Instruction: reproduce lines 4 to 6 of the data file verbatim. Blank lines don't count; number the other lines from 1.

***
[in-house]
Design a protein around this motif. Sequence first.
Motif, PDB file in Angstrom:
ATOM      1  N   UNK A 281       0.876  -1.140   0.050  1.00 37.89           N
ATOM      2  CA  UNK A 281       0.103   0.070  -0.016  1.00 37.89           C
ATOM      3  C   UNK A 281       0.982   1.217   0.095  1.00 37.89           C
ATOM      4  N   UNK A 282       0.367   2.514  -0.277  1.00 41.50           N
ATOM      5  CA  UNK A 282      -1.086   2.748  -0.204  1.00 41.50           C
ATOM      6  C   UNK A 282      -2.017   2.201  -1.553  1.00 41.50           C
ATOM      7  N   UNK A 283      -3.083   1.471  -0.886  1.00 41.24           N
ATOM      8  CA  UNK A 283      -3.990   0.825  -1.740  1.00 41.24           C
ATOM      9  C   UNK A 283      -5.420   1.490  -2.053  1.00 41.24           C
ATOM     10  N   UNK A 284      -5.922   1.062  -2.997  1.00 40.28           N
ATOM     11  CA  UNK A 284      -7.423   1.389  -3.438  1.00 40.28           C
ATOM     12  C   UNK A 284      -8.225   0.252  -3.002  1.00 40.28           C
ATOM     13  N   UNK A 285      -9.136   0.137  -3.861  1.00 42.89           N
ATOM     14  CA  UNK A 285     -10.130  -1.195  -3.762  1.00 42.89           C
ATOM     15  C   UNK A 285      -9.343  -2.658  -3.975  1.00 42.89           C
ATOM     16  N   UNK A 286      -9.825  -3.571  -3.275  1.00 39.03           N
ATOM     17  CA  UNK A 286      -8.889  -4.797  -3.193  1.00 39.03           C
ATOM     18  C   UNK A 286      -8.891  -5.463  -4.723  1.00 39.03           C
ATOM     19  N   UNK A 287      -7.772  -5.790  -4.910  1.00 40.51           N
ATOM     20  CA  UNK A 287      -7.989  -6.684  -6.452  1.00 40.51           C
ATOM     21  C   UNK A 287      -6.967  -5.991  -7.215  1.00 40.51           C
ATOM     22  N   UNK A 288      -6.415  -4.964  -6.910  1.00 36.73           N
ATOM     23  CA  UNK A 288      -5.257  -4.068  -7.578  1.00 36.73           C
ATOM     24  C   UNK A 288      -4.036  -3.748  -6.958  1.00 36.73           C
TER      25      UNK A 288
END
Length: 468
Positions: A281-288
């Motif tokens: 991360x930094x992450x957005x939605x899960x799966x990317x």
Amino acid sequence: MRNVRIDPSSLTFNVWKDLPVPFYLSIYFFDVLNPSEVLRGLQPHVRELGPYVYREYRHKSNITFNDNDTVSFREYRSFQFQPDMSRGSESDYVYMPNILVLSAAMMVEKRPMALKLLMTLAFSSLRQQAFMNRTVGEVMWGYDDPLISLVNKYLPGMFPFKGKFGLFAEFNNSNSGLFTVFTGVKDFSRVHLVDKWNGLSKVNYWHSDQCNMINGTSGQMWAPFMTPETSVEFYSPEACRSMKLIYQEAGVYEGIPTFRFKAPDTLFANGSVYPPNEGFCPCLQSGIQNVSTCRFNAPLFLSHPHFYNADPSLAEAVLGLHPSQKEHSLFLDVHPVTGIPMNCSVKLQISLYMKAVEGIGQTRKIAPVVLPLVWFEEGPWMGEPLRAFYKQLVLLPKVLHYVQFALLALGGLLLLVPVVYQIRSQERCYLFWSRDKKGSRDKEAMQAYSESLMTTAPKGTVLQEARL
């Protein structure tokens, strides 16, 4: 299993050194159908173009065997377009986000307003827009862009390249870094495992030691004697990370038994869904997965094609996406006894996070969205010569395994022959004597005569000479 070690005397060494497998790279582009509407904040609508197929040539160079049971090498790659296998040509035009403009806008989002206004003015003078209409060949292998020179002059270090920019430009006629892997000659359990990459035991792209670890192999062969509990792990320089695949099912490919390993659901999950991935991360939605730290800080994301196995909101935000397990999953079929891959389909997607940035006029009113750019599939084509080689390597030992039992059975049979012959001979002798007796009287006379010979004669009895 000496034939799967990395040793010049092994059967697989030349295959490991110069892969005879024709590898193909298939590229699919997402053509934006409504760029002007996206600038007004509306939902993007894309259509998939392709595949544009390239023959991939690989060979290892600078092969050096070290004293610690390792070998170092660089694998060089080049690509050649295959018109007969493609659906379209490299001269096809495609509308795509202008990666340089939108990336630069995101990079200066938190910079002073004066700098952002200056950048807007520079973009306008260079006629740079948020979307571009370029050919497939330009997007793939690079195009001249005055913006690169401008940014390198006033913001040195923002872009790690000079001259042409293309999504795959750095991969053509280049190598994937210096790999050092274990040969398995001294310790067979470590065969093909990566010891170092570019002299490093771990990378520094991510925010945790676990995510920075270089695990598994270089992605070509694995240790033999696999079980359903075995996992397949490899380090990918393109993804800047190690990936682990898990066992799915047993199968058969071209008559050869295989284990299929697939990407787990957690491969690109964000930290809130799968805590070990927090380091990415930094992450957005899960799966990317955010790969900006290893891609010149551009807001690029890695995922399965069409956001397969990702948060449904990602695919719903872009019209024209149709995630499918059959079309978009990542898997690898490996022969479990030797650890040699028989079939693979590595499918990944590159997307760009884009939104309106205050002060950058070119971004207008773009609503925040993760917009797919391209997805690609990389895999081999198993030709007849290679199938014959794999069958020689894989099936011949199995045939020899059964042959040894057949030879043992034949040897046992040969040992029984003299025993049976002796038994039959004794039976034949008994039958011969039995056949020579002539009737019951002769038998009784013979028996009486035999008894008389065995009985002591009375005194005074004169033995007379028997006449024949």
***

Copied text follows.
ATOM      1  N   UNK A 281       0.876  -1.140   0.050  1.00 37.89           N
ATOM      2  CA  UNK A 281       0.103   0.070  -0.016  1.00 37.89           C
ATOM      3  C   UNK A 281       0.982   1.217   0.095  1.00 37.89           C